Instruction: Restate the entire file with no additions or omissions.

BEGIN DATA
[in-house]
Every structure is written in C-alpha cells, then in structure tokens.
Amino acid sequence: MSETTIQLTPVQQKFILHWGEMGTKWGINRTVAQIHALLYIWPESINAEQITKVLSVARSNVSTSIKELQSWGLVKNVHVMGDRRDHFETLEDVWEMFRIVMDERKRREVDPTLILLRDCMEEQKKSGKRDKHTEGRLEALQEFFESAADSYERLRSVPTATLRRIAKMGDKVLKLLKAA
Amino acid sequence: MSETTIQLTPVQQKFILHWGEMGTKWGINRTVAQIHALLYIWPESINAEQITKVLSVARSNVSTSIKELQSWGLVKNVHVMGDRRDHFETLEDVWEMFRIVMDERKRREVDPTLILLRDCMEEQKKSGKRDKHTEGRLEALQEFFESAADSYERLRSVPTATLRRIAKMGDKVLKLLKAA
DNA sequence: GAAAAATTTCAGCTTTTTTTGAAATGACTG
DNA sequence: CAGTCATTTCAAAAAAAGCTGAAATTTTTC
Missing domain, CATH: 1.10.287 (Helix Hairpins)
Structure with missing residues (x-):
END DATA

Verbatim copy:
[in-house]
Every structure is written in C-alpha cells, then in structure tokens.
Amino acid sequence: MSETTIQLTPVQQKFILHWGEMGTKWGINRTVAQIHALLYIWPESINAEQITKVLSVARSNVSTSIKELQSWGLVKNVHVMGDRRDHFETLEDVWEMFRIVMDERKRREVDPTLILLRDCMEEQKKSGKRDKHTEGRLEALQEFFESAADSYERLRSVPTATLRRIAKMGDKVLKLLKAA
Amino acid sequence: MSETTIQLTPVQQKFILHWGEMGTKWGINRTVAQIHALLYIWPESINAEQITKVLSVARSNVSTSIKELQSWGLVKNVHVMGDRRDHFETLEDVWEMFRIVMDERKRREVDPTLILLRDCMEEQKKSGKRDKHTEGRLEALQEFFESAADSYERLRSVPTATLRRIAKMGDKVLKLLKAA
DNA sequence: GAAAAATTTCAGCTTTTTTTGAAATGACTG
DNA sequence: CAGTCATTTCAAAAAAAGCTGAAATTTTTC
Missing domain, CATH: 1.10.287 (Helix Hairpins)
Structure with missing residues (x-):